Now, because I dislike sanding resin, here are a few of my tips to help you avoid sanding resin to get a smooth surface (or at least not sanding any more than you have to):

For the times that a hair or fleck of dirt has gotten on a painting surface, I’ve been able to notice it not because I could see the hair, but because I could see the disruption in the surface texture. i.e. the light catches the imperfection. In my experience, another layer of resin without sanding takes care of that easily.

If the surface is even, but a little frosty (like from a matte mold surface), more than likely, another layer of resin or gloss sealer spray will make your resin jewelry and crafts shiny without having to sand.

If you want to learn more about how to sand resin smooth, here are a few more resin sanding techniques explained:

How do you like to sand resin smooth?

Unpublished Blog Posts of Resin Obsession, LLC © 2019 Resin Obsession, LLC


Barbara Miller

I put resin on a very large oil on canvas painting and it has brush stroke streaks because it wasn’t moving enough so I used a brush. Yipes! Would sanding it work? Would a second coat cover the streaks? Any advice is appreciated.

Raymond Chainé

Ce qui est dit dans ce texte est absolument vrai et ça mérite d’^tre essayé.

Mary Gates

So I’ve been pouring into molds
Recently rings
Any suggestions in sanding these?
Specifically the part where you put your finger in
Some edges need defining?
Sand paper?
I’ve used both maybe just need more practice.

Katherine Swift

Try sanding sticks specifically for rings. They come shaped to allow you to sand the insides.


That’s some really cool tips!
What about an orbital sander, do you think that could be helpful for sanding relatively large objects?

Katherine Swift

Yes, but like using the dremel, you may end up taking off more than you intend to.

Judy Hyland

Your information is so helpful. Thanks so much! I’m new to resin art, so I need all the help I can’t get ha!


I’ve got some very minor imperfections in my top coat so I was going to lightly sand them down, finish with a 1500 grit and then use Novus to polish. Will this still give it the shine that I would get with just a top coat? I’ve already done 3 layers and would rather be able to just polish it after than doing another coat.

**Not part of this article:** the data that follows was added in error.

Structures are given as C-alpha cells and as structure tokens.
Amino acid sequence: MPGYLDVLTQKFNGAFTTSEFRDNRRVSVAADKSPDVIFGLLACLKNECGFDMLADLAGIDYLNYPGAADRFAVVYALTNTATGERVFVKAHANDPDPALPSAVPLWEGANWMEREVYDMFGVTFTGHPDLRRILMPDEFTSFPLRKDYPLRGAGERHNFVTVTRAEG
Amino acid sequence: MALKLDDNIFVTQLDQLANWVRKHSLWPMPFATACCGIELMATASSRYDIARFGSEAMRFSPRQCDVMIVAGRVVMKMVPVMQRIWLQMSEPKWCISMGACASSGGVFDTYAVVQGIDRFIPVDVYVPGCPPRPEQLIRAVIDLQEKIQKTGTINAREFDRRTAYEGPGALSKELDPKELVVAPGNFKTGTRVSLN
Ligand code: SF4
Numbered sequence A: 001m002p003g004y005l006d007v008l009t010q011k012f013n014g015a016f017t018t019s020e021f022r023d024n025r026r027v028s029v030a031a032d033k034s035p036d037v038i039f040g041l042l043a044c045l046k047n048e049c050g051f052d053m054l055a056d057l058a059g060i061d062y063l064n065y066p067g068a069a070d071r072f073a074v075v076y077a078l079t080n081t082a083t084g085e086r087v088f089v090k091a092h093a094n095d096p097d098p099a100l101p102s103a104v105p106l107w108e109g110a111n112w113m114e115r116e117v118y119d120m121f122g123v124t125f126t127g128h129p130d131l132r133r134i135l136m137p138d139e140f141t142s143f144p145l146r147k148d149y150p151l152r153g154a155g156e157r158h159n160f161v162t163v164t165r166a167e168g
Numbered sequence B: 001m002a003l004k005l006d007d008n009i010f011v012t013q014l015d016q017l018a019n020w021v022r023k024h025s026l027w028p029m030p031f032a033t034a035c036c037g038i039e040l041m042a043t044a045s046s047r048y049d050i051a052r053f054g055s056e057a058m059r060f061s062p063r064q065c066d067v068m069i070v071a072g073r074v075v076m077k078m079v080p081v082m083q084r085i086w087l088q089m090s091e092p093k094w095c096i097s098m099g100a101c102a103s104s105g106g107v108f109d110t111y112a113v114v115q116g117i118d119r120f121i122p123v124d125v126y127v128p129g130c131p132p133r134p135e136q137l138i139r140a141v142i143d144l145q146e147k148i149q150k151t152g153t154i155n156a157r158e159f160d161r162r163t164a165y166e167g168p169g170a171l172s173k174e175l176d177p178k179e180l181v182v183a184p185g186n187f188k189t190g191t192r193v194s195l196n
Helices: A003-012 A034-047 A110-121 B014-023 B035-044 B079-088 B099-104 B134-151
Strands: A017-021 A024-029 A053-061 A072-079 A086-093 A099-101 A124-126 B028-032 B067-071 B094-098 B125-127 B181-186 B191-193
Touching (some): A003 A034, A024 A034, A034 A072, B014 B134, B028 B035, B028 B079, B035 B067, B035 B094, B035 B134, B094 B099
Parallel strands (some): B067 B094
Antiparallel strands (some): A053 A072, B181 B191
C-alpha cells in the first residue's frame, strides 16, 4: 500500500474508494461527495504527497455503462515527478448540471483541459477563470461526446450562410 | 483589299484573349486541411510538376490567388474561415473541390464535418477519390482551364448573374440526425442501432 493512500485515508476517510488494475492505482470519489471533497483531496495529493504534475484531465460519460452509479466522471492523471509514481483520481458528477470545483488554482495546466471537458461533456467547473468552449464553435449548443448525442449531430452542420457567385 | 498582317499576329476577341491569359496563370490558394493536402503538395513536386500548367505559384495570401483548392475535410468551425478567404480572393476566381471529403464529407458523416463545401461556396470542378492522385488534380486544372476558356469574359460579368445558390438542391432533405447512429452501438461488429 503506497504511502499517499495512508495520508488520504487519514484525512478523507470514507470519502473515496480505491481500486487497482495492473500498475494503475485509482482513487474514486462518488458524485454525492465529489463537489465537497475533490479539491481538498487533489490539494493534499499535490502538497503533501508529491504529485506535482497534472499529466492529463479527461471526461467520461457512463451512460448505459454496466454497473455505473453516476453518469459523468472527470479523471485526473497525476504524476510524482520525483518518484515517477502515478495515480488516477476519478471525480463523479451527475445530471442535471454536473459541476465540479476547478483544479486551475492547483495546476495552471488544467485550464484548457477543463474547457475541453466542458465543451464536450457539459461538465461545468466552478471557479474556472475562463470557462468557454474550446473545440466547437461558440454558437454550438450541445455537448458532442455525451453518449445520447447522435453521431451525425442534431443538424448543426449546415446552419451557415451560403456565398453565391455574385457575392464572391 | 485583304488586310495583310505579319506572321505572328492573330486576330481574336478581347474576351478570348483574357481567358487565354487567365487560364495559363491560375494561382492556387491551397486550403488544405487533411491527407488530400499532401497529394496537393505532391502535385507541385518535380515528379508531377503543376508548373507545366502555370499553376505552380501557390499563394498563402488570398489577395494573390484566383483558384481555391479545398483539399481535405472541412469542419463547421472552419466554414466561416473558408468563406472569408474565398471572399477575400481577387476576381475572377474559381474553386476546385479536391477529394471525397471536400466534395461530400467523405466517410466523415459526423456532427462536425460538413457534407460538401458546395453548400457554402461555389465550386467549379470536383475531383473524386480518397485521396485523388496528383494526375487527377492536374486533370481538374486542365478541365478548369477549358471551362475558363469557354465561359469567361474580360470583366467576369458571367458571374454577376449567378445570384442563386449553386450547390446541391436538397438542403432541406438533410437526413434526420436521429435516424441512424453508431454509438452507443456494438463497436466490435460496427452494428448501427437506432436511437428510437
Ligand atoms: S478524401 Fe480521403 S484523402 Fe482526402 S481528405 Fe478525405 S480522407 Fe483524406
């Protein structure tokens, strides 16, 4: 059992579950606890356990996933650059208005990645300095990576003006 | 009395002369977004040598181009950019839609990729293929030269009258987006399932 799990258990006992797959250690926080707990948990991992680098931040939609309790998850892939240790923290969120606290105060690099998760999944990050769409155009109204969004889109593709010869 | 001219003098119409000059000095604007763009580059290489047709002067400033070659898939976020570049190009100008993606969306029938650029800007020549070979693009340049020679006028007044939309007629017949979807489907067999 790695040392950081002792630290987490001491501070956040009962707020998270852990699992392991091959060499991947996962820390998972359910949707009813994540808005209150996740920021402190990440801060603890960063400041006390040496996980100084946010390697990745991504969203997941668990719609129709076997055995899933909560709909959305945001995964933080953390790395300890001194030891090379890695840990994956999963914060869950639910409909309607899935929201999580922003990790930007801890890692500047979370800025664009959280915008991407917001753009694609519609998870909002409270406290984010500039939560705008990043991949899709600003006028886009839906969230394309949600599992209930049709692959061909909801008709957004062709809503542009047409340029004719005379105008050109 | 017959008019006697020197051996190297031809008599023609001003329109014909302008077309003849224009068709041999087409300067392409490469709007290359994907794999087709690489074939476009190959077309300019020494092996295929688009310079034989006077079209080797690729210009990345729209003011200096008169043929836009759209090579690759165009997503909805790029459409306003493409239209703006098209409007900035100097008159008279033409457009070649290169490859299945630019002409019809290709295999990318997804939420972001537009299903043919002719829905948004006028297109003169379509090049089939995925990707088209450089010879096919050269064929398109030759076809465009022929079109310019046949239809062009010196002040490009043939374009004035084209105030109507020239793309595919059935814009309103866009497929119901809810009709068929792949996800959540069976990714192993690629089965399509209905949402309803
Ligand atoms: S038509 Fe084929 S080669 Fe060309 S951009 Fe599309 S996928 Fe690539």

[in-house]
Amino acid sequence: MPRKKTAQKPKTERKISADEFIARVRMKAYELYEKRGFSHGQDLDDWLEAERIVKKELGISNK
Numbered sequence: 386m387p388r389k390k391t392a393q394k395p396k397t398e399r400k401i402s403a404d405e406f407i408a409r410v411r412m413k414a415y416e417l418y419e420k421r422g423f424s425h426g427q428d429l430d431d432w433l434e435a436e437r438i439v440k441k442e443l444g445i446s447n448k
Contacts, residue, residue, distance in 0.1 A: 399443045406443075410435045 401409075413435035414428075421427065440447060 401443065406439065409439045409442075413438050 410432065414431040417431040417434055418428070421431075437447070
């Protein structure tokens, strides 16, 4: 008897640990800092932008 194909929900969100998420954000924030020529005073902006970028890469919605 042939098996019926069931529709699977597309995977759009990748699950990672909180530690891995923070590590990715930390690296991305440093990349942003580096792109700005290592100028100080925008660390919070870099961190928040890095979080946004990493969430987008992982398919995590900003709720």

Katherine Swift

Hi Megan, it will look good, but it’s not going to be that ‘wet’ look. If you want that, you will need to apply another layer of resin. On a side note, it will likely look good enough that I don’t think anyone except you will know the difference. 😉

Katherine Swift

Hi Janet, I hate when that happens! In cases like this, I use a jeweler’s saw and treat the resin like metal. I saw close to the shape of the charm, then finish it up with sandpaper.


So I’m having some issues. I’m casting clear with some things in the resin. They come out beautiful. The edges are rough so I want to
Sand them down and sometimes I will
Sand the whole thing level and nice. I’ve started at 400-1200 grit sandpaper and finish with Flitz polish. After sanding am
I not able to get that clear again? I’m so bummed. What am I missing? So so cloudy and dull now.

Katherine Swift

Hi Sam, it sounds like you could use a little one-on-one help. I offer consulting calls where you and I talk back and forth about what’s going on. A 15 minute consultation call is $20. I do them by video so I can have a chance to see what you are working on. If you are interested, please send a message through the ‘contact us’ page and I can get this going for you.